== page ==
Christine presents her manuscript to the Queen of France
Christine’s other portraits within The Queen’s Manuscript are easily identifiable because the artist (under the direction of Christine herself) consistently portrays her wearing the brilliant blue dress and horned white headdress. In the first image of the manuscript we see her kneeling and presenting a book before the Queen, who sits on a lounger within her royal chamber with a small white dog. Other ladies in waiting sit in the room. Another white dog rests at the foot of the bed, set to the right in the room. Blue textiles decorated with the royal golden fleur-de-lis adorn the walls.
The Queen and many of her ladies in waiting wear more elaborate clothes than Christine and have more intricate headdresses. The book that Christine offers is supposed to represent the very manuscript from which the image comes. This portrait was based on a type called presentation images, which typically showed a male author presenting a book to a king. Christine, and the artist she employed, modeled the image on established artistic conventions so that she could establish her position as legitimate author.
Christine in the act of disputation
In another portrait Christine appears at the beginning her Moral Proverbs (Proverbes moraux). She sits on what looks like a throne, once again dressed in a brilliant blue dress with a white headdress. The chair is similar to a cathedra, or a bishop’s chair, which was associated more generally with ecclesiastics but was also commonly associated with authors or men of intellectual regard in the medieval era. She has a book, open on a stand, that rests on a desk.
To the side of the desk are four men, three of whom look in her direction. The five of them seem to be engaged in conversation. Some have suggested that Christine and these four men are engaged in a debate, known as a disputation (disputa) in the Middle Ages. Disputations were common at universities, where students and professors would engage in intellectual debates to prove their wisdom. Women were not permitted at universities, so Christine’s seat in a position of authority and engaged in debate with four men communicates her intellectual abilities and elevates her to a position of authority.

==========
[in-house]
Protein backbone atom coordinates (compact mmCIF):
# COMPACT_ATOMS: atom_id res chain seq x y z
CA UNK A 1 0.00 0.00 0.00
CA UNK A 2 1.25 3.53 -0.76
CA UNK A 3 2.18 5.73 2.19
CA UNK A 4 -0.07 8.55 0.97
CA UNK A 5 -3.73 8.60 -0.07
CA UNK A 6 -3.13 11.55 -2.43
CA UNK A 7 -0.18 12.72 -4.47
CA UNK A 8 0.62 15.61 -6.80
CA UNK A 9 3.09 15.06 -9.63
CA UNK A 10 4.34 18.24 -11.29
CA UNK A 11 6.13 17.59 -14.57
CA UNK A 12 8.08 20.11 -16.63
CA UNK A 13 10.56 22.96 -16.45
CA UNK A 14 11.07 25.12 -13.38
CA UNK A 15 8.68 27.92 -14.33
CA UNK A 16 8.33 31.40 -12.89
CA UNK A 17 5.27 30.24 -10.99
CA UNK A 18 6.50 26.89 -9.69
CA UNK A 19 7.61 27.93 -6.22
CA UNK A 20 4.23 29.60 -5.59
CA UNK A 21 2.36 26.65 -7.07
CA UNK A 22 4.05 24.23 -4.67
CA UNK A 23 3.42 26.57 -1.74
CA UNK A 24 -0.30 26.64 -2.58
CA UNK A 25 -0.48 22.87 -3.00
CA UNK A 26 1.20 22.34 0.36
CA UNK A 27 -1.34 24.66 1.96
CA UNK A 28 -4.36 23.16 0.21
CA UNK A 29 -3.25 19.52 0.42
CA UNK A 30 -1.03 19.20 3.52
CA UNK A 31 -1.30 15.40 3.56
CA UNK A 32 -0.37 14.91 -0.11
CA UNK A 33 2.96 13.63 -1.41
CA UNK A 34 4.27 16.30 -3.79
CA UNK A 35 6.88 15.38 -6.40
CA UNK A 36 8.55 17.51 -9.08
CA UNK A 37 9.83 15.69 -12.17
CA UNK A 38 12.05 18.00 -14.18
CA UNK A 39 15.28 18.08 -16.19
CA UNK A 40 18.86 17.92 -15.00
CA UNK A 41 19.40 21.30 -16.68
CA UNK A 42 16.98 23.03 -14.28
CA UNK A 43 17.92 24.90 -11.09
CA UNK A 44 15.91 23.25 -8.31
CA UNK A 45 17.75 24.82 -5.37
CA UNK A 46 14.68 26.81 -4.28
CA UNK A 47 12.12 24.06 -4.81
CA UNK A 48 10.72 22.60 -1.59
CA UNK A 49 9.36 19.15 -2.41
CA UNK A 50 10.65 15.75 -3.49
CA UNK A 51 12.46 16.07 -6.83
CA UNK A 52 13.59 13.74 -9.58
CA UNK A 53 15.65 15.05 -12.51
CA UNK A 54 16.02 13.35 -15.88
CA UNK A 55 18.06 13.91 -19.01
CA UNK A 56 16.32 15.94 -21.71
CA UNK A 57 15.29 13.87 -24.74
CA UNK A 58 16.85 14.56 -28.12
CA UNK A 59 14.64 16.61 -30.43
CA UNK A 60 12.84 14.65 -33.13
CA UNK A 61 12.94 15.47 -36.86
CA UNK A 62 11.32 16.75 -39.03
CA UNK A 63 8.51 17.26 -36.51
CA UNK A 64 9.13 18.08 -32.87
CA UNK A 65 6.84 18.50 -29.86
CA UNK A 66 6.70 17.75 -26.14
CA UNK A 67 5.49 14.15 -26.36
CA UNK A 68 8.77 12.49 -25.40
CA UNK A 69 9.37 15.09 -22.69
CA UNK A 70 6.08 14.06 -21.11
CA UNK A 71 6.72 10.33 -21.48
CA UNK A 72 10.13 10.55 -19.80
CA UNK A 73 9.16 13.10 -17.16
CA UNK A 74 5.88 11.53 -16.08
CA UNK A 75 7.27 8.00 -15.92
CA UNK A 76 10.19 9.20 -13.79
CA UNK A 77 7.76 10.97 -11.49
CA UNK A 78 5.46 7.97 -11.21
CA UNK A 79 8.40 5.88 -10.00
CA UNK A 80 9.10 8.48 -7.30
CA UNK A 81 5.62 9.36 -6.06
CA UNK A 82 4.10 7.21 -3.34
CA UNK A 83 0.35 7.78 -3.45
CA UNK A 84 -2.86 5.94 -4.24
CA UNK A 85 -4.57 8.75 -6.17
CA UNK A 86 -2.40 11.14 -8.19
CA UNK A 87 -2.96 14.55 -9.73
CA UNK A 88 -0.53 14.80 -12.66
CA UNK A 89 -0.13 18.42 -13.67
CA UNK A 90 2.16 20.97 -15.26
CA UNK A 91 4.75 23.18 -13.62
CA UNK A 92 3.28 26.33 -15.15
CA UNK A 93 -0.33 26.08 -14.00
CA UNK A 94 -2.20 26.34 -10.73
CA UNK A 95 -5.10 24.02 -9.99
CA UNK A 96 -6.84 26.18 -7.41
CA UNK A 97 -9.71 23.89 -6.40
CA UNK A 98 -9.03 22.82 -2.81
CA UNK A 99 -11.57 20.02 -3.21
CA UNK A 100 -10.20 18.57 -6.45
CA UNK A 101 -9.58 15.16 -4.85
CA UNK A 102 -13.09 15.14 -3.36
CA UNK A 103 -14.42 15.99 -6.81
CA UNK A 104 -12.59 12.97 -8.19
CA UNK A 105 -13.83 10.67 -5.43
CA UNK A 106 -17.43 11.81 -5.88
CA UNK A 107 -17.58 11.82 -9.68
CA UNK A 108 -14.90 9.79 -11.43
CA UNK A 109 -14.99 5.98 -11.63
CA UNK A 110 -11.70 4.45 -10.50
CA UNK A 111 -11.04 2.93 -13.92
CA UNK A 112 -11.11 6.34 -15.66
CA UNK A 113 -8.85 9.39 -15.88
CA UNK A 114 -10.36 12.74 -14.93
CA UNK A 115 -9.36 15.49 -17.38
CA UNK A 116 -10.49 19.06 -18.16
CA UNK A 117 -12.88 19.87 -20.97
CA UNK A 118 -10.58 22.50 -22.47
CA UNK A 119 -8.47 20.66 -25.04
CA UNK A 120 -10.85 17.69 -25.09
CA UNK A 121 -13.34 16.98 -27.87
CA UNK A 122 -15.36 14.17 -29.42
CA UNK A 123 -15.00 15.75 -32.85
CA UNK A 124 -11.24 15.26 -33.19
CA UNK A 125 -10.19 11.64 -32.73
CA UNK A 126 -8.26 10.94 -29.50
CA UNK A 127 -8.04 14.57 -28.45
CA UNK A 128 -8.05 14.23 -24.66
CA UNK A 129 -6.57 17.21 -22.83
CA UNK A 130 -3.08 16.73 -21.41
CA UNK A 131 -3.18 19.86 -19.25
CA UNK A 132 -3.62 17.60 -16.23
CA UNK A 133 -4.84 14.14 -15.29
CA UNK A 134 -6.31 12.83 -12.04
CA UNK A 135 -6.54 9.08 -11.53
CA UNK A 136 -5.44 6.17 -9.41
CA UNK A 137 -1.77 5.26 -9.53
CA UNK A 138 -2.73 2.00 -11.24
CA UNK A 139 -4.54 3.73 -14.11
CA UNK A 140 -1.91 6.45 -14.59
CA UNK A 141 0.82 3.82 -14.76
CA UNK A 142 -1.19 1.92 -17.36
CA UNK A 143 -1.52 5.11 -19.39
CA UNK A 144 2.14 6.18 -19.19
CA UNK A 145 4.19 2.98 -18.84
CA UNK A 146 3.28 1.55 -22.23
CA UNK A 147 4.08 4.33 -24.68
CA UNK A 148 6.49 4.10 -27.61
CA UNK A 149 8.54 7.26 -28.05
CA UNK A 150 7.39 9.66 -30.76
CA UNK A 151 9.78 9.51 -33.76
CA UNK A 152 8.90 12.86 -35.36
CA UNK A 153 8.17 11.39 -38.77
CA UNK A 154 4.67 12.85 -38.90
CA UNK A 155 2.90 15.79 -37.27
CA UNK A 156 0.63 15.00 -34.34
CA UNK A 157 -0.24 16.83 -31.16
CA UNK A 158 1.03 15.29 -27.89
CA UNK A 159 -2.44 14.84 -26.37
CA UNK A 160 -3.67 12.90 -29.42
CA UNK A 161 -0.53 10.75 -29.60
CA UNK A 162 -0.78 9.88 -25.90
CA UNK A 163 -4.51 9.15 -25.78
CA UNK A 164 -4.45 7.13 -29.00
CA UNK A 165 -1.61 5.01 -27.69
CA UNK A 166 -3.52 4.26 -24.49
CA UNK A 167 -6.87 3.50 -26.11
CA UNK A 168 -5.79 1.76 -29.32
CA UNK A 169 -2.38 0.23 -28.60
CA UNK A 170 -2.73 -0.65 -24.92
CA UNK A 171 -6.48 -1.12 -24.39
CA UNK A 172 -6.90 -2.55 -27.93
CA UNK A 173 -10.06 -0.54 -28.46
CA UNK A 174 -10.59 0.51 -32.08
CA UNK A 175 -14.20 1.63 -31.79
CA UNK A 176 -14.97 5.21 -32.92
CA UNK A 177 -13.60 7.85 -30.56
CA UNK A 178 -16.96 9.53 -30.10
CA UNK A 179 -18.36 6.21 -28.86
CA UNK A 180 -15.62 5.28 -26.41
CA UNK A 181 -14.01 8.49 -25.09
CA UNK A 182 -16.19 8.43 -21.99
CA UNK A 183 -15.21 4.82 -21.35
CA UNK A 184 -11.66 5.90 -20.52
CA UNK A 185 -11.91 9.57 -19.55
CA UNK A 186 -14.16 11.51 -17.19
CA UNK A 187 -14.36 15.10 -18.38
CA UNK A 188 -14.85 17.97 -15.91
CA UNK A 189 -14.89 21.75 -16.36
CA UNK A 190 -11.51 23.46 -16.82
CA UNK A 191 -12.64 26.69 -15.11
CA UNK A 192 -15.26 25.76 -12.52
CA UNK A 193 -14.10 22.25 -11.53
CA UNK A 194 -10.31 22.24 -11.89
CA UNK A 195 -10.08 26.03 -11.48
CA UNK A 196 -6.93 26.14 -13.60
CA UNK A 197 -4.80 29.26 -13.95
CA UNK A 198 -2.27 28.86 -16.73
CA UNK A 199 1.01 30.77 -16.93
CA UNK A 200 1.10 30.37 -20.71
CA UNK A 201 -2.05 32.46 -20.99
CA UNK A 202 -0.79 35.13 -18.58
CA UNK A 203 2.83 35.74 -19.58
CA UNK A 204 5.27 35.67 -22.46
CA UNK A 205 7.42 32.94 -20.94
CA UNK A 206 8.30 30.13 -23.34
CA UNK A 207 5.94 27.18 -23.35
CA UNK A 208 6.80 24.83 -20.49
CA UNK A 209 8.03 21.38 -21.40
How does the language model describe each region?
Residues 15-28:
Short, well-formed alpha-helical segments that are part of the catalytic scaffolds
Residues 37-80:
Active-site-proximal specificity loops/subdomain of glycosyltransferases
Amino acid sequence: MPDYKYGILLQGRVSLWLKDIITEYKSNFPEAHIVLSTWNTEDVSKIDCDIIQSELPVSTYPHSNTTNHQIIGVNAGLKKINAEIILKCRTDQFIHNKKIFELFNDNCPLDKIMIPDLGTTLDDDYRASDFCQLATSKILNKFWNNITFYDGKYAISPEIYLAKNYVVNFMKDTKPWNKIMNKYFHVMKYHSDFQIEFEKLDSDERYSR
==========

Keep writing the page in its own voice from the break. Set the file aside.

This portrait, along with all of Christine’s portraits in The Queen’s Manuscript, highlight her important status. Still today, works like Judy Chicago’s The Dinner Party recognize Christine’s significant contribution.
Thanks are due to Lydia Parker.
 Christine de Pizan, The Book of the City of Ladies, trans. Rosalind Brown-Grant (London: Penguin, 1999), part 1, p. 41.
View the entire Queen’s Manuscript at the British Library
The Making of The Queen’s Manuscript project
Susan Groag Bell, “Christine de Pizan in Her Study,” Cahiers de recherches médiévales et humanistes [En ligne], Études christiniennes, mis en ligne le 10 juin 2008, consulté le 18 juillet 2019
Susan Groag Bell, The Lost Tapestries of the City of Ladies: Christine de Pizan’s Renaissance Legacy (Berkeley and Los Angeles: University of California Press, 2004)
Charlotte E. Cooper, “Ambiguous Author Portraits in Harley MS 4431,” In Performing Medieval Text, ed. Ardis Butterfield, Henry Hope, and Pauline Souleau (Cambridge: Legenda, 2017), pp. 89–107
Sandra Hindman, Christine de Pizan’s ‘Epitre Othea’: Painting and Politics at the Court of Charles VI (Wetteren: Pontifical Institute of Medieval Studies, 1986)
Nadia Margolis, An Introduction to Christine de Pizan, New Perspectives on Medieval Literature: Authors and Traditions (Gainesville: University Press of Florida, 2012)
Christine de Pizan, The Book of the City of Ladies (London: Penguin Classics, 2000)
Christine Sciacca, Illuminating Women in the Medieval World (Los Angeles: J. Paul Getty Museum, 2017)